May 7, 2009

Contests and Gadgets and Blog Posts, Oh My!

While you're knitting away on your swatch, I assume you'll be sitting. . .that way no one will be shocked that I'm posting AGAIN in such a short time.

I'm nothing if not competitive. . .so I thought I might share a bit of info with you! This year is the United Nation's "Year of Natural Fibres" and thus, they have a contest. Like working with natural fibers? Feeling Creative? Head over here and check out all of the categories they have and whip up something and submit it! Really, just do it. It's fun!

Take a peek at the sidebar. . .found a couple of gadgets today on my lunch hour. A calculator to have at hand as you start your calculations for the Salaam Along. Trust me, you'll appreciate having one at hand. I also added a counter to see if I actually have visitors. I was shocked when someone left a comment a couple of days ago. Who knew anyone was listening to me ramble?

But really, can you believe I've got three blog posts this week? I know you're thinking, "Who are you? and What have you done with Tanya?" And here's the real shocker. I have the next post already written. I'm just waiting to hear that someone--anyone--has finished their swatch and is ready for the next bit of info. Could that be you?

May 5, 2009

I've been a hold out. . .

Kim has moved on from the Shalom, and I've left you sitting and most of you have forgotten me. . .here's the post I had saved as a draft, I'll get my camera out and take a picture of the finished sweater later this month. Not that Kim is all to blame, but she's who got me working on this sweater and completing the math in the first place!

Time for Math
Usually, I leave the teaching of math to my Aunt--she's really the best math teacher I know, and considering I'm a high school teacher, that says something.

The original Shalom Cardigan has a 5 ridge garter stitch edging. To achieve a 25" circumference at 4 st/in I'll need to cast on 100 stitches and work rows 1-7 as written. (Neckline measurement x stitches per inch = cast on number)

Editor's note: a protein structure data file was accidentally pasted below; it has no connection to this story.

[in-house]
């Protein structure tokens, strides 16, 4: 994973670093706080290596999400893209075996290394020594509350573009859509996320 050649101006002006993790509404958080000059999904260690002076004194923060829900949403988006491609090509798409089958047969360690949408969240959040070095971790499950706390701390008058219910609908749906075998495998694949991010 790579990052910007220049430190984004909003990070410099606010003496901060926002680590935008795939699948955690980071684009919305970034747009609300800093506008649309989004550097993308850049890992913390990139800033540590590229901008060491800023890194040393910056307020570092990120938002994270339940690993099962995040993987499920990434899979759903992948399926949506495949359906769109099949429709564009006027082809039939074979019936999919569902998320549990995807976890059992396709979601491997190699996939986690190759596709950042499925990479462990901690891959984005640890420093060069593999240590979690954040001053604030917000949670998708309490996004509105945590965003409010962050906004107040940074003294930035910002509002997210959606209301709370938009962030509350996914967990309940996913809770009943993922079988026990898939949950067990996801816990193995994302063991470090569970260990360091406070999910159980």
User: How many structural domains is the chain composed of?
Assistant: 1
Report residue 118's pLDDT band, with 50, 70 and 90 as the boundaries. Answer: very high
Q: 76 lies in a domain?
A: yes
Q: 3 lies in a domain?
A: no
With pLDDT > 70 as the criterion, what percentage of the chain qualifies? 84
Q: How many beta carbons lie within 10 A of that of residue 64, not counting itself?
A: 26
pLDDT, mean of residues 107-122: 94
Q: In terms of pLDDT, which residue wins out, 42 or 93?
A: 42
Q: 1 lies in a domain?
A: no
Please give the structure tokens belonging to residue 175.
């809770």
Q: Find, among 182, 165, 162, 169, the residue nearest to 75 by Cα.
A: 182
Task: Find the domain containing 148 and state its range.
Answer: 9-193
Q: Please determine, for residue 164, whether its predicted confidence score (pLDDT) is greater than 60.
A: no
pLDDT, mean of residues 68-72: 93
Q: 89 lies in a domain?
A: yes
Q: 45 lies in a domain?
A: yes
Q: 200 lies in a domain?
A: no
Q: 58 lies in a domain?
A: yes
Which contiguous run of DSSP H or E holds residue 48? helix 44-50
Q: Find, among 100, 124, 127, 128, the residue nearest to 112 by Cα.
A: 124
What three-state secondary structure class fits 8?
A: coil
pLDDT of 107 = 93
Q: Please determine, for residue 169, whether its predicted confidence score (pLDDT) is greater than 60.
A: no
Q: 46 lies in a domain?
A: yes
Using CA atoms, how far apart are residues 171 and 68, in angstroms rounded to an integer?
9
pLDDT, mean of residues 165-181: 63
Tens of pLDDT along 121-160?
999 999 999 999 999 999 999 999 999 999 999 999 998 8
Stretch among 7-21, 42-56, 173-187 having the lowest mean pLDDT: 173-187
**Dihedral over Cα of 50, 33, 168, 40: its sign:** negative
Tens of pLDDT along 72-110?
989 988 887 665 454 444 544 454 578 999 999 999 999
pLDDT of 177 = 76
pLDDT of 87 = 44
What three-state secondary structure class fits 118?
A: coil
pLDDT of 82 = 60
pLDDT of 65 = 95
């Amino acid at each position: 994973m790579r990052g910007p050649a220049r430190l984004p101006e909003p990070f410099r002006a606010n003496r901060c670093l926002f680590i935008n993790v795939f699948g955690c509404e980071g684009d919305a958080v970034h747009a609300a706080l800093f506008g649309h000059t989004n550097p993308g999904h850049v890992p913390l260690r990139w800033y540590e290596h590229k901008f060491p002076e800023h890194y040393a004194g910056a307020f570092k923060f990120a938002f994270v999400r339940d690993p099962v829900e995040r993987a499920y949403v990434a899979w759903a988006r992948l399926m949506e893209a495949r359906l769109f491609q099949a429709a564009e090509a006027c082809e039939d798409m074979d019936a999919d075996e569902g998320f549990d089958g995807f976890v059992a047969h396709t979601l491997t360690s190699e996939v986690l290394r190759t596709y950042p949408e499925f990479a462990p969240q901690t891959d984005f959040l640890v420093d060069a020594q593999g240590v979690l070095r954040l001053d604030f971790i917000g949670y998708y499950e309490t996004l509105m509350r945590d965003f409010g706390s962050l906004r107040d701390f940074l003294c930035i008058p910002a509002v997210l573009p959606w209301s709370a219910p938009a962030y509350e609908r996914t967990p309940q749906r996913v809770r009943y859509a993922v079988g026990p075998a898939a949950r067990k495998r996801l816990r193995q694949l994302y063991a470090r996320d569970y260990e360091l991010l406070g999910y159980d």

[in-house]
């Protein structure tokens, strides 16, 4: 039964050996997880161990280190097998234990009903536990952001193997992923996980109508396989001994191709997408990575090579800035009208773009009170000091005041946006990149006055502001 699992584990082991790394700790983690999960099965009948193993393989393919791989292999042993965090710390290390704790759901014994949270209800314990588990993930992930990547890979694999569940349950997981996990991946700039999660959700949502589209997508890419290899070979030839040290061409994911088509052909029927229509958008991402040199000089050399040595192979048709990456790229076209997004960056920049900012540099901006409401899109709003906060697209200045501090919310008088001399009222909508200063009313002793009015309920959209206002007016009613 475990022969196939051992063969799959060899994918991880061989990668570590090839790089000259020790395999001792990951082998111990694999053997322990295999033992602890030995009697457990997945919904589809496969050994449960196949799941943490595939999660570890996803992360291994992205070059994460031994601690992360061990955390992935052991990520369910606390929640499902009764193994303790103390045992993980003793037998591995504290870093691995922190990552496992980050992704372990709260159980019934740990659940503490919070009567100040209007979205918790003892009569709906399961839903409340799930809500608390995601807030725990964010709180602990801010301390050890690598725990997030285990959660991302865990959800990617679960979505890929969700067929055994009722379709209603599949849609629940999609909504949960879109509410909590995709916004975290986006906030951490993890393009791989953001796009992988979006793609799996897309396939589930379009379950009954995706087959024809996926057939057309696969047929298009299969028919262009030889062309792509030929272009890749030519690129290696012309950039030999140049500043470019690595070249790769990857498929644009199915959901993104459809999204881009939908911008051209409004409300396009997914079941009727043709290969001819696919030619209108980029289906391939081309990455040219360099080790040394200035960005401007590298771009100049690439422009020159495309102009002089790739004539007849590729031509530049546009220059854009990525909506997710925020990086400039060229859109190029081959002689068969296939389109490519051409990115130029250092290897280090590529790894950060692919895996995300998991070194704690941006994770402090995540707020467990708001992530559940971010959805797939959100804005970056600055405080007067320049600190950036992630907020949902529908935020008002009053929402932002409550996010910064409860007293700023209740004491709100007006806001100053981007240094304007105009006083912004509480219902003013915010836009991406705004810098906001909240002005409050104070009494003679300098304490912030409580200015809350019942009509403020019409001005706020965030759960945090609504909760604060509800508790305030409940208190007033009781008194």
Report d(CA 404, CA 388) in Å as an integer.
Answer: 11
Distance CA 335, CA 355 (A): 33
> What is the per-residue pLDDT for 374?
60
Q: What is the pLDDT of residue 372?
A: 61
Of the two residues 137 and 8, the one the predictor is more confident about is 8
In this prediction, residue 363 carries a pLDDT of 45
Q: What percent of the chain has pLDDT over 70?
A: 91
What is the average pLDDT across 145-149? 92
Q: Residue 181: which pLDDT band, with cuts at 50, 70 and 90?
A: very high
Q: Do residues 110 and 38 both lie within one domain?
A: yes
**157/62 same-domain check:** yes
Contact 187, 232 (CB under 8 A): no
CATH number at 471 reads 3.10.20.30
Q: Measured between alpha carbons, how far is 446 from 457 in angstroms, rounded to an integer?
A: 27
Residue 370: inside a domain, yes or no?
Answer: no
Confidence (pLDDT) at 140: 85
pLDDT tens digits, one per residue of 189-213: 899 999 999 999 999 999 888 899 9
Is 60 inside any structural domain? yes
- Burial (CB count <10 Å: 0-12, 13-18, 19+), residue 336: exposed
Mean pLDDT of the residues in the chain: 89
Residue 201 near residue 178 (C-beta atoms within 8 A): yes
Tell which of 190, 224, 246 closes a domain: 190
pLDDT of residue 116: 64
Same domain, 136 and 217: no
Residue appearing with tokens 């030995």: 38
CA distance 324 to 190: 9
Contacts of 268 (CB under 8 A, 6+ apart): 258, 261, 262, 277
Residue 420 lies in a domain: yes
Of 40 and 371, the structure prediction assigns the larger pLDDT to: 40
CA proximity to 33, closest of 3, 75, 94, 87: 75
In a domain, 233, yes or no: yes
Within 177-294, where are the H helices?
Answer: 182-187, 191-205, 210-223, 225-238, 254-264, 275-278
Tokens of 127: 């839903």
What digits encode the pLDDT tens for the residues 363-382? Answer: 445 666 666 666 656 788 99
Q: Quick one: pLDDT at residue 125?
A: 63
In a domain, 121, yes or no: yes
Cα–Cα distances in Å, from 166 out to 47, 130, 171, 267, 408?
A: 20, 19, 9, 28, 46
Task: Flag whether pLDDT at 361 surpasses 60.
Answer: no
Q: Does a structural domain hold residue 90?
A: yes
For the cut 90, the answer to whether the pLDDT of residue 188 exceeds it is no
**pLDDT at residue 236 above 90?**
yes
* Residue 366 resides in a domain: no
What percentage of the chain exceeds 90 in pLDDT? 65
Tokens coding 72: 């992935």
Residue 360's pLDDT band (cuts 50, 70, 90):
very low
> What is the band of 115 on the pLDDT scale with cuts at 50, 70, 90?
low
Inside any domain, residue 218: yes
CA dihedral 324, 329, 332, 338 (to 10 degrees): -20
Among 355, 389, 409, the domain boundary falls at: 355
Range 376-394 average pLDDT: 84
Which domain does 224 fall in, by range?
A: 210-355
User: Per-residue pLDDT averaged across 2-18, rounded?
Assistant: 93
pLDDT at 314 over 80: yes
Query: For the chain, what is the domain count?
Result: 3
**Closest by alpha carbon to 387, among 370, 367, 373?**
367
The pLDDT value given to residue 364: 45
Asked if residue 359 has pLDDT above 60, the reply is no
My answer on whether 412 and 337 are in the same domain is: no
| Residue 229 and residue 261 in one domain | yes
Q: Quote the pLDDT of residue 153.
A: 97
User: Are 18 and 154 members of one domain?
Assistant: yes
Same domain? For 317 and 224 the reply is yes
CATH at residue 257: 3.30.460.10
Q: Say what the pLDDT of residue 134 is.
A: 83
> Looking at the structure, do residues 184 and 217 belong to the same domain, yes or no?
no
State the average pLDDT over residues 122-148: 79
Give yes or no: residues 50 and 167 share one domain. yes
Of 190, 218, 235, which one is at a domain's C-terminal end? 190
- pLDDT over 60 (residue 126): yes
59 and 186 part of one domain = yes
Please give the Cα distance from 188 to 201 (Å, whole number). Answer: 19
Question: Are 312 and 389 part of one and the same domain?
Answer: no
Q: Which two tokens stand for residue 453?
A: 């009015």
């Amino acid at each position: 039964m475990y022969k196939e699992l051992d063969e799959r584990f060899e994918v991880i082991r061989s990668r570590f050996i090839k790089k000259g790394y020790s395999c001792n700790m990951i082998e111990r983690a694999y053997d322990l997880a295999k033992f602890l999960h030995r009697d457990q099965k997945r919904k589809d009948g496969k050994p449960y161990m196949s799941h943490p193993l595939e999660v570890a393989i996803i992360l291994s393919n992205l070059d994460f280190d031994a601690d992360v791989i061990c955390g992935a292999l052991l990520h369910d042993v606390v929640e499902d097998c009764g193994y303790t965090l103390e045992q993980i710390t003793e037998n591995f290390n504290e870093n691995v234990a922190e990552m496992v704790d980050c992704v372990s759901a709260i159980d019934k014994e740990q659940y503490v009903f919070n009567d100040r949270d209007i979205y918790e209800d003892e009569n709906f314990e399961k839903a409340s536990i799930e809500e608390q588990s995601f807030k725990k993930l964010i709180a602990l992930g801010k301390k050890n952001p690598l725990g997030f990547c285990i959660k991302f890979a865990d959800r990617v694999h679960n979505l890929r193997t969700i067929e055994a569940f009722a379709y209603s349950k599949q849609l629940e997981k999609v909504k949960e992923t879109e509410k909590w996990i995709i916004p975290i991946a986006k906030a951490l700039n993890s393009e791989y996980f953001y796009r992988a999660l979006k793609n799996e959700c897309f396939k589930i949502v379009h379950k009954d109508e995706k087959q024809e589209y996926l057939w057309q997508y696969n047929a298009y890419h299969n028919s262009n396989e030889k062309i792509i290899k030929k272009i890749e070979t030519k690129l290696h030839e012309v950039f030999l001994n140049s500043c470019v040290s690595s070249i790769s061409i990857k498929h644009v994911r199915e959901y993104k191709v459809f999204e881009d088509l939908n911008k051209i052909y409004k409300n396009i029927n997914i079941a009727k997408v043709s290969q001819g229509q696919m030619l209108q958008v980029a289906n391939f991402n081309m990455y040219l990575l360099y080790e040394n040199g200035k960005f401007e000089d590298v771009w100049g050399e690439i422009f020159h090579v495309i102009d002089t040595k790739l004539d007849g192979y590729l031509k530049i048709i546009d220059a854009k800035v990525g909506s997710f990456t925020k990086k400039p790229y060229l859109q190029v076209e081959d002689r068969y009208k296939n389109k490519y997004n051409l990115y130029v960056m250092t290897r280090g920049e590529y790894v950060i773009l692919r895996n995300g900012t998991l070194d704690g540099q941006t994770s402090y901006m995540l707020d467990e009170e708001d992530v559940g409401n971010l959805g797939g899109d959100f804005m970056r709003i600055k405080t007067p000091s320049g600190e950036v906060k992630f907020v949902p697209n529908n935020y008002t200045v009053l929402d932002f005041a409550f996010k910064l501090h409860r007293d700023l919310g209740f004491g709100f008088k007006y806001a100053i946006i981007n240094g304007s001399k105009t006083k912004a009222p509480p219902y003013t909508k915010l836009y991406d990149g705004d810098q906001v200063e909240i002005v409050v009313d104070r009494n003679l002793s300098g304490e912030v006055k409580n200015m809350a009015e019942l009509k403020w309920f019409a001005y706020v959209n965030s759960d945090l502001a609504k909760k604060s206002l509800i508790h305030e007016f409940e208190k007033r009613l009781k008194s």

Eventually, I'll need to increase my stitches to my largest measurement (arms and bust, for me that's 55"). That means I'll need to work to 55 x 4 or 220 stitches. These increases will happen at three places in my knitting, with the largest increase first, and more gradual increases as the yoke grows. In the original pattern, the approximate ratios are to increase about 40%, 30%, 30% in row 8, 20 and 32 respectively.

For most people, using the twisted rib called for in the pattern, these row numbers will work out just fine. If you have a particularly low bustline, or are tall, you may want to adjust this. To determine what row numbers you'll use to increase, you'll take your bodice length x rows per inch = total # of rows in the bodice. Subtract the garter edge (7 rows) and divide by 3 for the triple bodice. Here's what that looks like for me:

9" x 4 rows per inch = 36 - 7 garter rows = 29 /3 = 10 ish rows between increases.

To find your stitch numbers to increase:
Largest # of stitches - Cast on stitches = Total increased stitches
Total increased stitches x .40 (for 40% or .30 for 30%) = how many stitches to increase

Depending on the pattern you're using in the yoke, you may need to add or subtract a couple of stitches to match your pattern repeat. In the Shalom Cardigan, it is a 1x1 twisted rib pattern, so you'd only need to add or subtract a stitch or two to keep on track. Should you want to add your own touch to the pattern, you'll need some more cipherin'.

I'll be using an 8 stich +2 repeat. . .increasing 48 stitches, 40 stitches and 32 stitches in my three repeats.

If you're using a lace pattern, don't forget to subtract 5 stitches on each side for the garter edge that you want to include!

The lace pattern I'm using is a 12 row repeat, and I'm tall. . .and honestly? I don't care about stopping the lace EXACTLY at my fullest bust point. Here's what I'm planning to knit:

Cast on 100 stitches
Work rows 1-7 as written
Increase to 148 stitches
Work rows 1-12 of my lace pattern
Knit 1 row
Increase to 188 stitches
Knit 1 row
Work rows 1-12 of my lace pattern
Knit 1 row
Increase to 220 stitches
Knit 1 row
Work rows 1-12 of my lace pattern
Knit 1 row

When I get close to the end of this section, I'll want to start trying on the sweater to make sure my armpits aren't too low. . .I'll post a picture when I get there! Drop me a note when you get there too!

Swatch Done?

Here's my swatch. . .